What a difference a mayor could make

Opinion: Auckland is not Copenhagen is the common point made should anyone compare the amount of bike infrastructure and the number of people that cycle in each city, but it could be a lot more like Copenhagen, should our new mayor choose to make it so, says Dr Timothy Welch

Copenhagen wasn't always one of the most biking-friendly city in the world.

Today, Copenhagen has over 350km of protected bike lanes, with bikes comprising about 34% of all trips and people cycling a total of 1.2 million kilometres per day.

But Copenhagen wasn't always one of the bike capitals of the world – and it was a mayor that helped implement the vision of Copenhagen as it now exists.

In the 1950s, across the globe, cities were rapidly adopting motor vehicles as a primary mode of transport. As the car became more ubiquitous, it was followed by an exodus from city centres into surrounding neighbourhoods as residents used their vehicles to drive to and from work and to live outside the city centres, where they could find bigger and more affordable houses.

To accommodate the new traffic flows into and out of downtowns, many cities built massive highways in the CBD, decimating entire neighbourhoods to allow drivers a speedy commute. Even Copenhagen joined the bandwagon as its city council approved a major roading project called The Lake Ring – a six-lane highway cutting through the city's centre.

However, in the early 1960s, the highway project was halted following protests at the construction of a relatively short six-lane elevated section of the road. Soon after the highway construction was stalled, the city converted one of the main thoroughfares, Strøget street, into a pedestrian-only plaza.

Drivers protested, but city leaders persevered. While most 'western' cities were following American-style suburbanisation and car dominance, Copenhagen chose to prioritise other modes of transport. It developed a raft of policies to increase bike infrastructure, reclaim public spaces that had been converted to car parks, and lure families back into the city with high-quality, affordable housing.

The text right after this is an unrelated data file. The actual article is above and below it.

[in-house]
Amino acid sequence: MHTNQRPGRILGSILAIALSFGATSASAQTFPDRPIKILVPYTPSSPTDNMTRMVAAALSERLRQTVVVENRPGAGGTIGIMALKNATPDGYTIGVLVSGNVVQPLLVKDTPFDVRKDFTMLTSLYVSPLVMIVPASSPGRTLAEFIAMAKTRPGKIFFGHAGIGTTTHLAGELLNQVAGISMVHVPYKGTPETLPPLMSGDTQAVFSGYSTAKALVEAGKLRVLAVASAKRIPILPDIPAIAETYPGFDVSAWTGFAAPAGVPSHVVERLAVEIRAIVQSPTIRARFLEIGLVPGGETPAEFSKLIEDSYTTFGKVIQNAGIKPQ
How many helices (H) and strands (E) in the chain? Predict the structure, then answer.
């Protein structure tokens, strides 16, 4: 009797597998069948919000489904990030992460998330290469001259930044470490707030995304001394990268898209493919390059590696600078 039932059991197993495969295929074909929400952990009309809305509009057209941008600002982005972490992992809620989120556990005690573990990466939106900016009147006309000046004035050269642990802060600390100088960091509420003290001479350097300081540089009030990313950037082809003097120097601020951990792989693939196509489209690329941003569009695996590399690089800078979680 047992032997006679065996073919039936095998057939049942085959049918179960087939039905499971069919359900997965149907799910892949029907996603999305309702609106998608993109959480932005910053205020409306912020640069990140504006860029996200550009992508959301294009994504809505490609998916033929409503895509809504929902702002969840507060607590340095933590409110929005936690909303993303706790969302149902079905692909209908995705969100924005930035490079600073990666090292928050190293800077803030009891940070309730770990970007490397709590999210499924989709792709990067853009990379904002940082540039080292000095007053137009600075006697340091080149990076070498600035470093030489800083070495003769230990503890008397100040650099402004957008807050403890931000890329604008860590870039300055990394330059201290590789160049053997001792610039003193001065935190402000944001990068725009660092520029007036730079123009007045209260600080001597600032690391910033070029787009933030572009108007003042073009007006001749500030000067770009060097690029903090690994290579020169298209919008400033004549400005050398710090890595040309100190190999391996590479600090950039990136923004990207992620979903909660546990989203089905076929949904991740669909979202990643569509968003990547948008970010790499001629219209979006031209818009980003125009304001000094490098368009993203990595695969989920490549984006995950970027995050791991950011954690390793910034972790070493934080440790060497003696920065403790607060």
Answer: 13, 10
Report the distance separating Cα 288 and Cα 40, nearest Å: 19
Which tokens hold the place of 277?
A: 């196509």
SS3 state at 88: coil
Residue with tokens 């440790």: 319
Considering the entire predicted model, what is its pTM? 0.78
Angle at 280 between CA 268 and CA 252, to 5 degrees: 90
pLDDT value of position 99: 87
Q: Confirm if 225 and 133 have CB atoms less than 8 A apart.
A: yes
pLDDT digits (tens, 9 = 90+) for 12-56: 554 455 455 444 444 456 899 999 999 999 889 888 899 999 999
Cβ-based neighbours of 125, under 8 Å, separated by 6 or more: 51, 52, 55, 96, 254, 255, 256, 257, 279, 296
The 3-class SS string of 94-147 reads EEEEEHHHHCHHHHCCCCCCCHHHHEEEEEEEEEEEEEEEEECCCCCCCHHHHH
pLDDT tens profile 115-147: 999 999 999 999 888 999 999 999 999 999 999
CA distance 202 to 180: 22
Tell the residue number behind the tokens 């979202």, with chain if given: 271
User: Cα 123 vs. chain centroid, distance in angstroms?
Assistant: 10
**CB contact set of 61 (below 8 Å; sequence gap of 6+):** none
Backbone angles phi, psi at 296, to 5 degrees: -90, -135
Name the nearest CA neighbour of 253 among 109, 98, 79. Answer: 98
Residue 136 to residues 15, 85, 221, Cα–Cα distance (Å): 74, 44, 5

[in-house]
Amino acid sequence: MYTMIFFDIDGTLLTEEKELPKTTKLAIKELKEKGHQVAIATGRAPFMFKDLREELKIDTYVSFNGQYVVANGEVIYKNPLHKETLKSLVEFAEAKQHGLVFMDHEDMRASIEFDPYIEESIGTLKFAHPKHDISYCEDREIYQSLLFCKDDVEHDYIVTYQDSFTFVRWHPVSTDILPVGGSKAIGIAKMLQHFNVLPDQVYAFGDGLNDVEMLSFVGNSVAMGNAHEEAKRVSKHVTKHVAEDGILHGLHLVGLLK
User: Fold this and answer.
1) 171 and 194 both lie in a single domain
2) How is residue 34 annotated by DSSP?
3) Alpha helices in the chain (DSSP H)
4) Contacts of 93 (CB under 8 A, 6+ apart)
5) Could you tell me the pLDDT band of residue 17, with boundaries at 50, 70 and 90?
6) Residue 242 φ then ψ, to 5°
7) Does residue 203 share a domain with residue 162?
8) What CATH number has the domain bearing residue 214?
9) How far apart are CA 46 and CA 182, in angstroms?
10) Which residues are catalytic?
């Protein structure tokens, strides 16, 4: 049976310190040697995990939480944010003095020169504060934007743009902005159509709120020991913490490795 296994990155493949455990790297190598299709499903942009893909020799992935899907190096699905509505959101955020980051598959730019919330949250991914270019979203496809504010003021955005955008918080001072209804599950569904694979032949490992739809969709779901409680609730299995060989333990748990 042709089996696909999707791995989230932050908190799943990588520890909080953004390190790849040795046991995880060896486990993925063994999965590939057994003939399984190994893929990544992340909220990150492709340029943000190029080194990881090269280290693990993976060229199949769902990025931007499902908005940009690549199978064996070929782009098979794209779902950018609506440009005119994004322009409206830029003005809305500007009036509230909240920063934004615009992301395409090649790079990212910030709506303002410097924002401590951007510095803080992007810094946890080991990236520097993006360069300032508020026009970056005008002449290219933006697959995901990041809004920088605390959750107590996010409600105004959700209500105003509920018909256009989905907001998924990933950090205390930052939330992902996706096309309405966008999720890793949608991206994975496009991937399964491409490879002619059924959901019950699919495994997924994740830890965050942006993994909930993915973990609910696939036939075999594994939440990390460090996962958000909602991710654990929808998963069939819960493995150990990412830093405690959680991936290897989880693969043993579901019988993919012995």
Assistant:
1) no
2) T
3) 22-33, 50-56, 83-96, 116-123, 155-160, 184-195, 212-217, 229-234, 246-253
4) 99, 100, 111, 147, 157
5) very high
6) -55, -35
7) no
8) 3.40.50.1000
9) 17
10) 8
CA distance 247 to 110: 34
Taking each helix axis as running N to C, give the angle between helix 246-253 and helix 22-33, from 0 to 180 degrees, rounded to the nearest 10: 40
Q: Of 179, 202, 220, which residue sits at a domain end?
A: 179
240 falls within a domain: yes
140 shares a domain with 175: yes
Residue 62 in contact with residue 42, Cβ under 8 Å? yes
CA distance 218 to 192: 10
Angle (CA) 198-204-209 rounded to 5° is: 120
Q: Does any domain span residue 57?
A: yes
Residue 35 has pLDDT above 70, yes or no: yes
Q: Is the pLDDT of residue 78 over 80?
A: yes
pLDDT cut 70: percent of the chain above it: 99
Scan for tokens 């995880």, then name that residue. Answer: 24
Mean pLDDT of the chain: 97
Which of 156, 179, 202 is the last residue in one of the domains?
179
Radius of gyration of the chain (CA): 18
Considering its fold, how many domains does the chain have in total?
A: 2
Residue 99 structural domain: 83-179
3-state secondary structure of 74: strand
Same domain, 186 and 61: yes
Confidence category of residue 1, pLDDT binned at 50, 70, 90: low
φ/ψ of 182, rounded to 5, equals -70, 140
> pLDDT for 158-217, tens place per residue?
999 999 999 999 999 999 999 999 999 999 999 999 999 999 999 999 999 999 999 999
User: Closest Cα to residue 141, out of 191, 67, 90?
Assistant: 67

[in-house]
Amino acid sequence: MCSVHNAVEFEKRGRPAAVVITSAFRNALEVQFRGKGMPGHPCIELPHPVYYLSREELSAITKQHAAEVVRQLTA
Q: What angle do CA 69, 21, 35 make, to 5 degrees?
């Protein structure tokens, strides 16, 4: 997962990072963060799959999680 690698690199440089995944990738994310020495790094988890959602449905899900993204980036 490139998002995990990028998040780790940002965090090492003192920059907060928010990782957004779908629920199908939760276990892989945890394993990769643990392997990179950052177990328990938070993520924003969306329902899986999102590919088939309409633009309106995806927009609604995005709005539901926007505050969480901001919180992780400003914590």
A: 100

Today, it's completely normal for people to ride a bike in Copenhagen. Nobody gears up in Lycra or specialised shoes. The cycling infrastructure makes it so safe to ride a bike it's rare even to see a bike helmet. People just get on their bikes and ride. And, because cycling is so normal and ubiquitous, people who must drive in the city know how to do so safely around people on bikes.

Today, Copenhagen has over 350km of protected bike lanes, with bikes comprising about 34% of all trips and people cycling a total of 1.2 million kilometres per day.

Copenhagen didn't build its brand as a cycling-friendly city overnight. They slowly constructed cycle tracks in bits and pieces over a couple of decades, and enshrined the ideas of a multimodal city in two planning documents, the 1997 Traffic and Environment Plan and the Cycle Track Priority Plan. And most importantly, its residents elected city officials with the will to implement these plans.

The next Auckland mayor will hold the reins as the city works to implement its climate obligations, its efforts to eliminate road deaths and address broader issues of housing affordability and the economy.

All of these things were addressed by the mayors of Copenhagen. It also had a housing crisis in the 1980s and in response they committed to building affordable, high-quality housing. Young families moved back into the city, taking advantage of more affordable housing and the ability to save on vehicle expenses. Auckland’s next mayor could help Auckland do the same thing.

By building better cycling infrastructure, Copenhagen trips to work and school by bike increased from 10% to 30% in just 15 years (between 1980 and 1995), and the rate of severe injuries to cyclists fell from 292 per year to just 96. Currently, bikes are just 1.2% of work and school trips in Auckland, and so far this year, we are experiencing nearly twice the number of deaths of people on bikes (all from cars) in the past five years.

The next mayor has the opportunity to push forward with a more extensive network of protected bike lanes to increase cycling rates and reduce injuries and deaths. Which is what the mayors of Copenhagen did, overseeing the city's work to drastically reduce greenhouse gas emissions, reduce air pollution, and help make the city a healthy and much quieter place to live, and put a city of 1.3 million residents in a county of five million people on the global map.

Auckland has echoes of Copenhagen in its size, in its ambitions and in the plans already set forth for the city, but it needs our next mayor to commit to this vision to bring these plans to life.

Dr Timothy F. Welch is a Senior Lecturer in the School of Architecture and Planning at the University of Auckland’s Faculty of Creative Arts and Industries.

This article reflects the opinion of the author and not necessarily the views of Waipapa Taumata Rau University of Auckland.

This article was first published on Newsroom, What a difference a mayor can make, 5 October, 2022

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